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'Exercise pill' could take the work out of workouts

August 01, 2008|Alan Zarembo | Times Staff Writer

To Evans' surprise, the experiment worked. When sedentary mice were fed the drug daily for four weeks, they were able to run an average of 1,795 feet on a treadmill, 44% farther than mice that had received a placebo.

The researchers now plan to test whether AICAR or GW1516 can increase endurance beyond the maximum that can be achieved by intensive training alone.

In the meantime, Evans said, his team has developed detection protocols for both compounds and their breakdown products and turned them over to the World Anti-Doping Agency in Montreal.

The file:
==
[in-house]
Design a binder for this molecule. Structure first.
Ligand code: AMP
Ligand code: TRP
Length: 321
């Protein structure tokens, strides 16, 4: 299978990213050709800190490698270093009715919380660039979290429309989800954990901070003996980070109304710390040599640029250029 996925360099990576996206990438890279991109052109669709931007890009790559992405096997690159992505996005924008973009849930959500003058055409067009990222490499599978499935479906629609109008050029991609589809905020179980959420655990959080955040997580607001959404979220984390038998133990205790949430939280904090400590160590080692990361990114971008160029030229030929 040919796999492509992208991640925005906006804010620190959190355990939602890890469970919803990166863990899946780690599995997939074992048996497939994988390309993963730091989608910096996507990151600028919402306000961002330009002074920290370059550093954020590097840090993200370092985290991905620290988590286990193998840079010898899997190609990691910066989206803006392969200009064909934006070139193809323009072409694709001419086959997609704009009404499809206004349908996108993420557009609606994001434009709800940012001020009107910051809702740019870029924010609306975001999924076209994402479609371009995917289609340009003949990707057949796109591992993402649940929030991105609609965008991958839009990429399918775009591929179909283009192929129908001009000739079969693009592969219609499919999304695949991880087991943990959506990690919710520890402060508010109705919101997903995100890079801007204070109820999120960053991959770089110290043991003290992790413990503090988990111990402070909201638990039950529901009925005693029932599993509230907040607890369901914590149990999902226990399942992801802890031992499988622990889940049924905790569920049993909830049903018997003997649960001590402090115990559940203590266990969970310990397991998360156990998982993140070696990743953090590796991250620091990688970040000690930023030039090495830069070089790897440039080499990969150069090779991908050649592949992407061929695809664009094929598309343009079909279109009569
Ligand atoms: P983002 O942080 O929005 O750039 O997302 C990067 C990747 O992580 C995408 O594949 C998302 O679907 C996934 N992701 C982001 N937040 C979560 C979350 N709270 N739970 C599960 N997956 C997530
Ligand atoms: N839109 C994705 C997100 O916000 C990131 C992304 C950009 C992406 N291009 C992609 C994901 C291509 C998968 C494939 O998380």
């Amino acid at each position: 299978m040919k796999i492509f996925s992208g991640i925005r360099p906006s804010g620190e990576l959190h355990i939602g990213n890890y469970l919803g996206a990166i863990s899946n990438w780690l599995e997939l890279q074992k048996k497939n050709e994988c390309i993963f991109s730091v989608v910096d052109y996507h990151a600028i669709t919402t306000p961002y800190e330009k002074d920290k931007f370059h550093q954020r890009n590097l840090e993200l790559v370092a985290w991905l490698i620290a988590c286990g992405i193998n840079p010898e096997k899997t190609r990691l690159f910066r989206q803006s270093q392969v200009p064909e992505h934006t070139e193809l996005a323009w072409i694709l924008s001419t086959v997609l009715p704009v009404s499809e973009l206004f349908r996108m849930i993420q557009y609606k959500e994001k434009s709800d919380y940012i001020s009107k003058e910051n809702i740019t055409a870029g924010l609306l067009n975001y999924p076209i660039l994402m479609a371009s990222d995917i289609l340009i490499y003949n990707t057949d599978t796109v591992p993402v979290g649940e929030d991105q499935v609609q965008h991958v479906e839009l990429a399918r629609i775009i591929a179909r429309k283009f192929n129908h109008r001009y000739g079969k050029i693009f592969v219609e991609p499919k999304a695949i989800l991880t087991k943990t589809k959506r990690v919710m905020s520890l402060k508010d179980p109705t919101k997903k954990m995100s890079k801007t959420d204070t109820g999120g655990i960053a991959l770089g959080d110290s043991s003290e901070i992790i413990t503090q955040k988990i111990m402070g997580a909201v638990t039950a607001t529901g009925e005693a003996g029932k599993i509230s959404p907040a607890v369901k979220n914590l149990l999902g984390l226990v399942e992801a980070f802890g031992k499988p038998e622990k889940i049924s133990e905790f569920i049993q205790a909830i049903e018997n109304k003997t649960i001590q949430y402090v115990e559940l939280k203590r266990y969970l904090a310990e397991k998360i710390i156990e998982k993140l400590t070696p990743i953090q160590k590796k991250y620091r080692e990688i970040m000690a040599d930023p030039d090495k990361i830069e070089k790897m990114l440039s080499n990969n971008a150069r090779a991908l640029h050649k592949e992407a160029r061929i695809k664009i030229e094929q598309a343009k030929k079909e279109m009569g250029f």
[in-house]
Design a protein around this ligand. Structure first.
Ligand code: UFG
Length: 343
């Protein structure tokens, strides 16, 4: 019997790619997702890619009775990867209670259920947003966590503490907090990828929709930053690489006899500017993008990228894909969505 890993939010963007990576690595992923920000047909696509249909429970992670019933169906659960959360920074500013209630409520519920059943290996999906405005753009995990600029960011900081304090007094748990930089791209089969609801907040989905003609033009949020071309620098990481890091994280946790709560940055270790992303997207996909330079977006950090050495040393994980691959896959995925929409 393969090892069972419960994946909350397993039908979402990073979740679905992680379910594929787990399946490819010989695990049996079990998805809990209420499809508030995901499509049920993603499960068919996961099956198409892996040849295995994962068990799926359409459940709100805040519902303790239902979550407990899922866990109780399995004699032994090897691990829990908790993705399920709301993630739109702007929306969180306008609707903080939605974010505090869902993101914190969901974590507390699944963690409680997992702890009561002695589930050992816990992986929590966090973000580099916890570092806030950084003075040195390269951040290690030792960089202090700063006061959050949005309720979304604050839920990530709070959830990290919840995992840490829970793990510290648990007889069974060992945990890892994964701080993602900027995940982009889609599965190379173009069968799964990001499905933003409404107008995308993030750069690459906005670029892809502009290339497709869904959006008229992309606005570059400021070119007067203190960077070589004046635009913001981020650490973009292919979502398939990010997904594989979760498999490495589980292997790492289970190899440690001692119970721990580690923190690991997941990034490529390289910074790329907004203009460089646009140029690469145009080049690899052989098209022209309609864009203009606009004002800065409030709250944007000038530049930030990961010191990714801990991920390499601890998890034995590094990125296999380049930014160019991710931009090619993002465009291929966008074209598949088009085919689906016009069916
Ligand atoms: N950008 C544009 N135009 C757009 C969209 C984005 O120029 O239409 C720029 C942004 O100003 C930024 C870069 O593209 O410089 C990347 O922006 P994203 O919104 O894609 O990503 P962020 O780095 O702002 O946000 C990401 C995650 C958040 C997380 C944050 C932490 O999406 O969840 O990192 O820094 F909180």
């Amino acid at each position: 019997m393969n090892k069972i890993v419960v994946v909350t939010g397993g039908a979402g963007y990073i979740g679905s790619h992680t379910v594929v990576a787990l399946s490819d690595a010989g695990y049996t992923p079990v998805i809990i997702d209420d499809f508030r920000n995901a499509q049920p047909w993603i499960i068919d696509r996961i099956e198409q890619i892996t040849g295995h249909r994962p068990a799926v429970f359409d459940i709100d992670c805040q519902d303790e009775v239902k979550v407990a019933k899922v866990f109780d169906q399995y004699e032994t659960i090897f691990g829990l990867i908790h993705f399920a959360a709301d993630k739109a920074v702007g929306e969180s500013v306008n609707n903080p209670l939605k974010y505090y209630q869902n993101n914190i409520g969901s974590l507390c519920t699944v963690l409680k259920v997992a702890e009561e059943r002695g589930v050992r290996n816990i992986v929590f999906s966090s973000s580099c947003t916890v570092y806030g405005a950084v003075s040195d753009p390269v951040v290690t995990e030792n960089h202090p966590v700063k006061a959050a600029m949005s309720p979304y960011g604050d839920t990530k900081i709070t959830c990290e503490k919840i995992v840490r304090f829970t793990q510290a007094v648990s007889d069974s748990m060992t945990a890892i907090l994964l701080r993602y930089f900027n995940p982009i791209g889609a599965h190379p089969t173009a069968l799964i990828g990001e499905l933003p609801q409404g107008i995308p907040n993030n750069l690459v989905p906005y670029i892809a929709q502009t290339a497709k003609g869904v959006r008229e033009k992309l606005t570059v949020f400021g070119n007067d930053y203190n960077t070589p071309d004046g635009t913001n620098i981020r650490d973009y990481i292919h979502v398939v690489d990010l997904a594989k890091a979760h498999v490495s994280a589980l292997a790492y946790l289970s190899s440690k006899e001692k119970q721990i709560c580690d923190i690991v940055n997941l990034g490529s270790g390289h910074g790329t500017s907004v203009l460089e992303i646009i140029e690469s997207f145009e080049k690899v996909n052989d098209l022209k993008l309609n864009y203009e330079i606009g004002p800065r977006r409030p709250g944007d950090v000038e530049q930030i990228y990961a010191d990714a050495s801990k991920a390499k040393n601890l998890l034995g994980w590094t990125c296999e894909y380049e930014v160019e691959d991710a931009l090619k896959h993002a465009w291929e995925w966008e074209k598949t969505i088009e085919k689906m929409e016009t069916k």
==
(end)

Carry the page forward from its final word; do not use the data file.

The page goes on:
He said it was unclear whether the tests would be in place for the Olympics.

Frederic Donze, a spokesman for the association, said in an e-mail that the organization "does not indicate when it implements new detection means or methods."

But, he added, it is not crucial for the tests to be in place now.

"A number of anti-doping organizations, including the International Olympic Committee, store doping control samples of their events for eight years for potential future retesting and detection as anti-doping science advances," Donze said.

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alan.zarembo@latimes.com

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